Germany’s Cornelia Brockstedt was trained as a goldsmith and she’s run a design agency for 17 years. Her training is evident in her cleanly designed and impeccably finished polymer art like this new Winter Blues brooch.
Conny is fond of irregular and surprising shapes. She challenges herself with what seem impossible constructions like her entry in this year’s IPCA awards. Skinner-blended extruded strands wove through a central structure to create a complex geometric pendant.
She’ll be teaching her Wave minimalist 3-part bangle at a post-conference Synergy workshop. See the whole range of Conny’s experiments and discoveries on Flickr and Facebook.
The IPCA International Awards have been announced and can all be admired at this link.
The Grand Prize Winner is Australia’s Wendy Jorre de St Jorre who explains her sculpture this way, “I love horses, particularly the graceful way they move. So much energy, yet it can appear effortless. I own a Quarter Horse mare, Flame, and even at 23 she can still put on a show when she’s in the mood. The IPCA theme of in the round got me thinking of movement, circular movement, prancing in a circle, energy, grace. The idea began there.” See more of Wendy on Flickr and Pinterest.
Click on the image from Georg Dinkel to understand the impact and the complexity of his latest polymer artwork which won the Member’s Choice Grand Prize. Yes, the arches and spires and fretwork are all polymer attached to a wooden sub-structure that houses his tv, DVR, hard drive and speakers. For months Georg revealed glimpses of his process, showing bits and pieces of this 60″x60″x16″ construction on Facebook and his website.
Over the past several years Georg has created a series of incredibly detailed shrines, elaborate polymer constructions based on gothic architecture. They pay homage to contemporary technology, the religion of today’s cultures. His digital devotional pieces ask what we really worship and why.
These miniature polymer landscapes look so well kempt at a time when a glance out the window shows mine in disarray. We’ll focus on the bucolic ring from Russia’s Evgeniya Aleksandrova and the succulents from Ukraine’s Daria Tarasenko and leave my outside chores for another day.
The bluish greens and hint of pink in the succulent planter/pendant look quite springy and fashionable. Daria has added some embellishment to mugs that you might find of interest too. Here she is on Pinterest and Etsy.
Evgeniya puts loads of texture into the smallest acreage and creates a feeling of a peaceful home to wear on your finger. There are more seasons and scenes on Etsy. Thanks to Karan Cross for sending the link along.
The young Czech colorist, Dana Phamova, wants to try her Molecule earrings in every color combination. A look at her Instagram and Flickr pages shows you how she plays with color and replicates shifts of light.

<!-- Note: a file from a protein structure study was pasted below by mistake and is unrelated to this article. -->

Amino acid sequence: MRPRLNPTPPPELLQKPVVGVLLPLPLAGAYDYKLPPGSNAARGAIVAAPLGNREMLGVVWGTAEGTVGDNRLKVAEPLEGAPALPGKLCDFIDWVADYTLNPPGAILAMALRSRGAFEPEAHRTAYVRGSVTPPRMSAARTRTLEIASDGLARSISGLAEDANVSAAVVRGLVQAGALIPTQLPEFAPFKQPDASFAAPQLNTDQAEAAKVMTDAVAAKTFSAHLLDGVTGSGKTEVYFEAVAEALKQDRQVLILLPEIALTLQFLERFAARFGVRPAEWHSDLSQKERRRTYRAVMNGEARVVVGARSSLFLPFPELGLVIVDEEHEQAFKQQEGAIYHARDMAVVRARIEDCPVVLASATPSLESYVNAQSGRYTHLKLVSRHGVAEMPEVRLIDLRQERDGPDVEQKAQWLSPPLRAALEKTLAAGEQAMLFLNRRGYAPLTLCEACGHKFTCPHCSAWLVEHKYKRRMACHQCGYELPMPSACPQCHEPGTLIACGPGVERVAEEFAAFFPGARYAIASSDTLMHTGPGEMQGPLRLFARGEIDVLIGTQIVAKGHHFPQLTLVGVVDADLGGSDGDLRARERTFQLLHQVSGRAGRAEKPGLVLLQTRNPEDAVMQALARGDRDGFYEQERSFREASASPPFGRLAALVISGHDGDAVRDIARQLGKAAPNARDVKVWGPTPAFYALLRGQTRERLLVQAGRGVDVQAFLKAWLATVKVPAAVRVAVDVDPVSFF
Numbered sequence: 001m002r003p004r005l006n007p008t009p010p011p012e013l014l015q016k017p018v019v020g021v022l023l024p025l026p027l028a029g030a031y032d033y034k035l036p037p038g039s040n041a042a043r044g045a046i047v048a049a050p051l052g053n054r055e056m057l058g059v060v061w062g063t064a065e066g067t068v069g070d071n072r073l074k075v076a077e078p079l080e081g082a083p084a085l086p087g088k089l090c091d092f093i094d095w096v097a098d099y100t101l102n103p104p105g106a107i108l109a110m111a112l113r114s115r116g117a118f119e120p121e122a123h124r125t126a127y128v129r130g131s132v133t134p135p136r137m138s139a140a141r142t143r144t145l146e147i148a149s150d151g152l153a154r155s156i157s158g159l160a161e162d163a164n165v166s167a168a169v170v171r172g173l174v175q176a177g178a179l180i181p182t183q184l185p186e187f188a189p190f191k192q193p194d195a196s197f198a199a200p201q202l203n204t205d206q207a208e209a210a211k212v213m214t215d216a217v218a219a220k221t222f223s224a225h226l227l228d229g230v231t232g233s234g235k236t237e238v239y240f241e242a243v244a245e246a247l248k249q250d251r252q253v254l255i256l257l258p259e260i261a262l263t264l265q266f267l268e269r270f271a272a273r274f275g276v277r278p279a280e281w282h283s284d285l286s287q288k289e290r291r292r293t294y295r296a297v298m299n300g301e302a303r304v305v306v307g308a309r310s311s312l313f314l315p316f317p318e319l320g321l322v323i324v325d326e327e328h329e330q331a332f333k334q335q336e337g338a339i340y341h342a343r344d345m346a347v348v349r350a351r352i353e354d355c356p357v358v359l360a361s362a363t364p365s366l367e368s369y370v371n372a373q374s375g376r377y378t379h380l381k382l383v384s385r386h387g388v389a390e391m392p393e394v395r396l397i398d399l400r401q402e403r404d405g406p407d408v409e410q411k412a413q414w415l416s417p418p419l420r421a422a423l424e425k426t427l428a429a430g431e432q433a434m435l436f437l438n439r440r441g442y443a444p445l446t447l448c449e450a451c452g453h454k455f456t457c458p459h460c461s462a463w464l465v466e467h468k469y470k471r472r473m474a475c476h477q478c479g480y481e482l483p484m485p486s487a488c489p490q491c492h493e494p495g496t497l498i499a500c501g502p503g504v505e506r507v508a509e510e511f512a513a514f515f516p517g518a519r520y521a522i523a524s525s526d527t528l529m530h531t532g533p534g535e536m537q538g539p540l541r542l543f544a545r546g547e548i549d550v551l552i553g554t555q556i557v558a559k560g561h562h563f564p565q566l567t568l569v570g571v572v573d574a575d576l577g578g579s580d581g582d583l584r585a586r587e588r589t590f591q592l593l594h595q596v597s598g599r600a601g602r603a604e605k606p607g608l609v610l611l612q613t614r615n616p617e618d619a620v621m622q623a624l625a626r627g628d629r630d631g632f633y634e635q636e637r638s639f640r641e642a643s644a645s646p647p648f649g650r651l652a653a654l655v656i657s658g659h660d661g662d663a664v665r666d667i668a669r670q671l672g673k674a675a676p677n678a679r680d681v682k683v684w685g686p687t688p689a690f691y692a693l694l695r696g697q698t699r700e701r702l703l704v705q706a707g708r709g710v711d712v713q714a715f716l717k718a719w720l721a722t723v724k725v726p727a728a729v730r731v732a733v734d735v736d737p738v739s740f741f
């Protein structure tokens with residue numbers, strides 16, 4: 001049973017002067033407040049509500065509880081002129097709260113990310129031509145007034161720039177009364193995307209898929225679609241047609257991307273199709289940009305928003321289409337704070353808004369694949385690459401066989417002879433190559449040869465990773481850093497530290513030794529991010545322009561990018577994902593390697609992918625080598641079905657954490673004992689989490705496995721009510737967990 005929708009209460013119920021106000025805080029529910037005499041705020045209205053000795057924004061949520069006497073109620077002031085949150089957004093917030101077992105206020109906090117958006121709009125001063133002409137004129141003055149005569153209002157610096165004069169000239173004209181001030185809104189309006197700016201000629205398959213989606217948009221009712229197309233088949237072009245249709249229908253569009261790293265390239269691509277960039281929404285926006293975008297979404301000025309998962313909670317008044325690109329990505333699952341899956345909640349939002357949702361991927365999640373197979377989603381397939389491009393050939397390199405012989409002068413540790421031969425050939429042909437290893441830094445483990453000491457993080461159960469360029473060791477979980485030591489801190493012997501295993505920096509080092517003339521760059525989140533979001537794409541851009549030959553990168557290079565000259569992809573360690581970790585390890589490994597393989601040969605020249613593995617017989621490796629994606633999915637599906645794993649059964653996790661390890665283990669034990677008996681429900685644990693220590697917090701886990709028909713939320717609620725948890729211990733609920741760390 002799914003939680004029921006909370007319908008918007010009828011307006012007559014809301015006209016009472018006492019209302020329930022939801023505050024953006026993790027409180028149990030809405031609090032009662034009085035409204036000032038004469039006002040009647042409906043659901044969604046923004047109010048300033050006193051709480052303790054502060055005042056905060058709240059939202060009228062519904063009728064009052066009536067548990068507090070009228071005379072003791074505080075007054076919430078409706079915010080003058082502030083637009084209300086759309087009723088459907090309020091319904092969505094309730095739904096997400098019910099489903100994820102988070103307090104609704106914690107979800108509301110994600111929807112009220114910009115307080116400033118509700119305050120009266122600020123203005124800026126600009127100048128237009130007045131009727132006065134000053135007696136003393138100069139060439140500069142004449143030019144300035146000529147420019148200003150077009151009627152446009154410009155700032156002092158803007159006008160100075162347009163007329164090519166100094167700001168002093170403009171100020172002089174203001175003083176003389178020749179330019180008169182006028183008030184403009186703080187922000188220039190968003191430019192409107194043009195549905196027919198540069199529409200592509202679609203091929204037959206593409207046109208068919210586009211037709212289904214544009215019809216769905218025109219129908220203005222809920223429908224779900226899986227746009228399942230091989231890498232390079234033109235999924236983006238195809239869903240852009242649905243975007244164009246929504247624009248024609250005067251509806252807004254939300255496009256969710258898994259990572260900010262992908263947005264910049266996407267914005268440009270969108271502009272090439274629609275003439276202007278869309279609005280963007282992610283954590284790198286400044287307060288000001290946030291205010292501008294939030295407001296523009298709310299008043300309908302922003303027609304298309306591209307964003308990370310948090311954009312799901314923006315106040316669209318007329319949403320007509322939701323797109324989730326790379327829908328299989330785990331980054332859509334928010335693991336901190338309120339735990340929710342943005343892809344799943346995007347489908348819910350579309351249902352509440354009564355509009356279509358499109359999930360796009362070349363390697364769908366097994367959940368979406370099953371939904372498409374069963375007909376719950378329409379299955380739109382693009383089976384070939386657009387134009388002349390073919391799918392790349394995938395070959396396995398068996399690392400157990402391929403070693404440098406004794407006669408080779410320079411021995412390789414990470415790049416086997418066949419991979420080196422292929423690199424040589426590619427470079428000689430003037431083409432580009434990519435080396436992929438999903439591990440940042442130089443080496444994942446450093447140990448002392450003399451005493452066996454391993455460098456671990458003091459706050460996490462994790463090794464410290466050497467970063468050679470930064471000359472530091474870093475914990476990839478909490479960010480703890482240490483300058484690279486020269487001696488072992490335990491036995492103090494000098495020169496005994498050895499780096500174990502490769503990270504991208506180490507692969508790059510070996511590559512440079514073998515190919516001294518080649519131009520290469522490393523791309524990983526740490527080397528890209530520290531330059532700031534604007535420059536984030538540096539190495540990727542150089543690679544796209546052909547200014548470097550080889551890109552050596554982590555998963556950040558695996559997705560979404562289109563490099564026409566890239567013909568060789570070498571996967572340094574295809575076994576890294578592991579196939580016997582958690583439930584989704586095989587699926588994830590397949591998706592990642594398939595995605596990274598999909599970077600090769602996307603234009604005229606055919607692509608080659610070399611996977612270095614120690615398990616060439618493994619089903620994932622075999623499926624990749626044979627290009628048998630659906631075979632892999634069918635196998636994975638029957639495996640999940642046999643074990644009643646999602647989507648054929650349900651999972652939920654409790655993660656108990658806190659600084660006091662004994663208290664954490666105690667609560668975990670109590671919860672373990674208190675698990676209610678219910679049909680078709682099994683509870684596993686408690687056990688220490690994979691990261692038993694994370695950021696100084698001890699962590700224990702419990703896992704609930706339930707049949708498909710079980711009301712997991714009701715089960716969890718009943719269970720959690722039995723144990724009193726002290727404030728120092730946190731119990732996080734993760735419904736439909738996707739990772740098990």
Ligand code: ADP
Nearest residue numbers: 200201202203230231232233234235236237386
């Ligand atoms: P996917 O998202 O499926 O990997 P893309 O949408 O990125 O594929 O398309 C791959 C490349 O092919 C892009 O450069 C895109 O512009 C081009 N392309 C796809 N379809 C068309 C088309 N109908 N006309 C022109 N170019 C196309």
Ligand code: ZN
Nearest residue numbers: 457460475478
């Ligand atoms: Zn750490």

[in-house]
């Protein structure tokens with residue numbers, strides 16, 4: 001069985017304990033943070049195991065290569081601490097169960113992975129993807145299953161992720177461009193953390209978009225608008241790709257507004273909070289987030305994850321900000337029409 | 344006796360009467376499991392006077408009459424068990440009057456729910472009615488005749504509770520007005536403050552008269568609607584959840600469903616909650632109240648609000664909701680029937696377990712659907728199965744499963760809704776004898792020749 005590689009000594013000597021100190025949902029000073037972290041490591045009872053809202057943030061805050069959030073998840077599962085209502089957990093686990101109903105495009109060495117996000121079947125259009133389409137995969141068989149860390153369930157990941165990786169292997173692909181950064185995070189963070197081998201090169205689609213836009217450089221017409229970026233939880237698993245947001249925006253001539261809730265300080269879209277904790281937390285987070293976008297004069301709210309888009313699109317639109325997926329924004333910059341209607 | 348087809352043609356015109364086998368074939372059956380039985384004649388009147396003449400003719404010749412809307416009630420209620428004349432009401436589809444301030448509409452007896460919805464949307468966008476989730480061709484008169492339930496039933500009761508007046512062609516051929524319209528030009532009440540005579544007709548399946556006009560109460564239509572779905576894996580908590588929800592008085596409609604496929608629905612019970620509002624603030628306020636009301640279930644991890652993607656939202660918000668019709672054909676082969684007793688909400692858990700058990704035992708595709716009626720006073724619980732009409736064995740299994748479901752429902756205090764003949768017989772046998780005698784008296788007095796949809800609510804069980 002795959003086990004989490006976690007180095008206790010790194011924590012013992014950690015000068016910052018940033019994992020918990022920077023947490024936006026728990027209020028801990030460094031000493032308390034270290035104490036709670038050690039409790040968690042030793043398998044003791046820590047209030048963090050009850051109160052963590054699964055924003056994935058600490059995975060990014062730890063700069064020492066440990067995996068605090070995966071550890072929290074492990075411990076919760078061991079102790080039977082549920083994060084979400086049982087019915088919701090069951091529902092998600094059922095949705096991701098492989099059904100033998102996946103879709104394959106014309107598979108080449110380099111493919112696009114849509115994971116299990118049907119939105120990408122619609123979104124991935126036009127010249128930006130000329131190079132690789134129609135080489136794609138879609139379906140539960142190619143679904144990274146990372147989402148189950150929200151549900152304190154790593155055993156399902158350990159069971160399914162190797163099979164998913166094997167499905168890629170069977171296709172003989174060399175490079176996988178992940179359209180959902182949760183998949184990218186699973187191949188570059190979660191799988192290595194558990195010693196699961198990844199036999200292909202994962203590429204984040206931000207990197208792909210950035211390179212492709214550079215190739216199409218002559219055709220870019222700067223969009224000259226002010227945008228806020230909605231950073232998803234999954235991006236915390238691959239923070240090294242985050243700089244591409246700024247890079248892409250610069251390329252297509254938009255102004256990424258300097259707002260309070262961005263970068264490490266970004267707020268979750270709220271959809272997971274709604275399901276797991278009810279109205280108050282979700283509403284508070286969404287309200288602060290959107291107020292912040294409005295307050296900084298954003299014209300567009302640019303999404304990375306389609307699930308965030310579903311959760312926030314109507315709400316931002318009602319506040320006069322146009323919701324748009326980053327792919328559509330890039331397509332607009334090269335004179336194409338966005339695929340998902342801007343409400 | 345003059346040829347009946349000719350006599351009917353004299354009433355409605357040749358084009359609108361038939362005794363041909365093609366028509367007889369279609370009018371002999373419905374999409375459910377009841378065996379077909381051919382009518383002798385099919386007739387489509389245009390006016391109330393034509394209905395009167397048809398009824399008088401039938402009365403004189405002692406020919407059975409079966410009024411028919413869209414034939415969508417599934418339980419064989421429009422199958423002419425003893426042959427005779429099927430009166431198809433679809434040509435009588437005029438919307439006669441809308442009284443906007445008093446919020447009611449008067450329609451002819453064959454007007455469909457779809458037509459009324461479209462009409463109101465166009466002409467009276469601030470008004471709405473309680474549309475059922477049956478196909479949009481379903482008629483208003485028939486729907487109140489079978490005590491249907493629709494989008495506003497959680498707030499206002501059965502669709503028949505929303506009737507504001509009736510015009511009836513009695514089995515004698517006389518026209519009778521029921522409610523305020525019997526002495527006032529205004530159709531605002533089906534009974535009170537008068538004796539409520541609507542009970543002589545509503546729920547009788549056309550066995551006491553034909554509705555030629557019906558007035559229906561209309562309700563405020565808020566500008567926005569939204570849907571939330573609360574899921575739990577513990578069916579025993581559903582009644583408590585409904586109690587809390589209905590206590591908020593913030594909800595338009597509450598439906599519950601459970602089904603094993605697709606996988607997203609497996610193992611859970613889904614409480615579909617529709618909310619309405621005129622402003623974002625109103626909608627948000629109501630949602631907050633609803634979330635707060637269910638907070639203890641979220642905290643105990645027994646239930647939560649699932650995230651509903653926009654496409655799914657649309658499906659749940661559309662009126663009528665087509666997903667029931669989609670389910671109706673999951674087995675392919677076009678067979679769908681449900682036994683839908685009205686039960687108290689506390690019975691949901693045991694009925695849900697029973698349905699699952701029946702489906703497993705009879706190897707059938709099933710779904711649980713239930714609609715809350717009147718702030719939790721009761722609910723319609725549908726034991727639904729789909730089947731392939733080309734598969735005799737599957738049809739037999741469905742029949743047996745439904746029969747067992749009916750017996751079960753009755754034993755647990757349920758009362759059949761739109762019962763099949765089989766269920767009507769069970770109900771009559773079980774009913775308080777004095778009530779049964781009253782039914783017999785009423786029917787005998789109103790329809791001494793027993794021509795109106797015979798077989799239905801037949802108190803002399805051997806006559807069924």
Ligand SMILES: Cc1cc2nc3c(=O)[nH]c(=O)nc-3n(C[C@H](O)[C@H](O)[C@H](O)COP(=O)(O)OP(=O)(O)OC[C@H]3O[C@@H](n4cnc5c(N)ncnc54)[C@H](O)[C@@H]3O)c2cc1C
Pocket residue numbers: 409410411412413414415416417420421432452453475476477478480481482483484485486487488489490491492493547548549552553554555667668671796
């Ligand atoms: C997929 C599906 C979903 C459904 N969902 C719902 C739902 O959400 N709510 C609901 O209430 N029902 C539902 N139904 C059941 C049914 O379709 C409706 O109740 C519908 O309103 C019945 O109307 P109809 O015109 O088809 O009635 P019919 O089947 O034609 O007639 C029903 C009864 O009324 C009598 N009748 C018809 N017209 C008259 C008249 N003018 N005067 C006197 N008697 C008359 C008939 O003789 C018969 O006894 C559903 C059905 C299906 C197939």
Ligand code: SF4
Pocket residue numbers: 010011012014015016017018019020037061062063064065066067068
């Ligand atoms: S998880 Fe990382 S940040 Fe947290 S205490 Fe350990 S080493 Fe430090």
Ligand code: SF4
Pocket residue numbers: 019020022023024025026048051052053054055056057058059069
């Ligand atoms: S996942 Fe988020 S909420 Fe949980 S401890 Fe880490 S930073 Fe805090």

It’s no secret that I like to ease into the week, starting with something simple that teaches me how colors work as I look for combinations that sing. These delightful color studies would be a perfect (and very wearable) way to begin. Dana shows more of her studies on her site as well.
Lindly Haunani’sCrayon Lei in Oranges and Greens is one of eight polymer treasures in the Spectrum exhibit on view through July 10 at the Racine Art Museum. The lei was created in 1998 when Lindly was experimenting with inclusions.
Wax from crayon shavings were mixed into the polymer and melted off during baking. The residual pigment colored the translucent polymer in a mottled pattern. Color is a central element to all three of Lindly pieces in the show.
Lindly gave me a Crayon Lei as an engagement gift that same year so it’s especially near and dear to my heart and I’m pleased to share it with you. Read more about her process in this PAA feature.
Pieces from Pier Voulkos, Dan Cormier and Jeff Dever are also part of the RAM show which focuses on works that use color as a defining principle in form and design. Read more and see the rest of the polymer works in the exhibit on the PolymerArtArchive.
I’ll forward my pile of tiles to Germany in one batch after April 30. You still have time! US artists can forward entries to: Cynthia Tinapple, 1 Hartford Court, Worthington, OH 43085.
An Instagram page shows a selection of entries. If yours hasn’t shown up on there, email me a photo and I’ll add it.
The polymer community was saddened by the loss of California’s Dottie McMillan. She was one of the first people I linked up with on the Prodigy bulletin board way back when. She was a writer, artist and good friend in the polymer community. Here’s an earlier PCD feature about her work.
These carved polymer bangles from Celie Fago jangle with silver, polymer, beaded and gemstone charms. The designs and totems add to the allure and make the wearer instantly exotic.
Celie offers a 4-day polymer and PMC class in October to create these bracelets in her Vermont studio. See how Celie integrates polymer into her very sophisticated metal work to create fabulous jewelry. You’ll find her on Etsy and Facebook.
Just when you think you know where Milan’s Alessia Bodini is headed with her extrusions, she swoops in a different direction. On this blue necklace, she flattens an extrusion into a ribbon, loops it over and over, adds her own marks and threads it onto a choker.
She extrudes graduated purple polymer and joins lengths of the resulting triangles into a square pendant that teases the eye. It’s as if Alessia simply has to put her own quirky stamp on each design.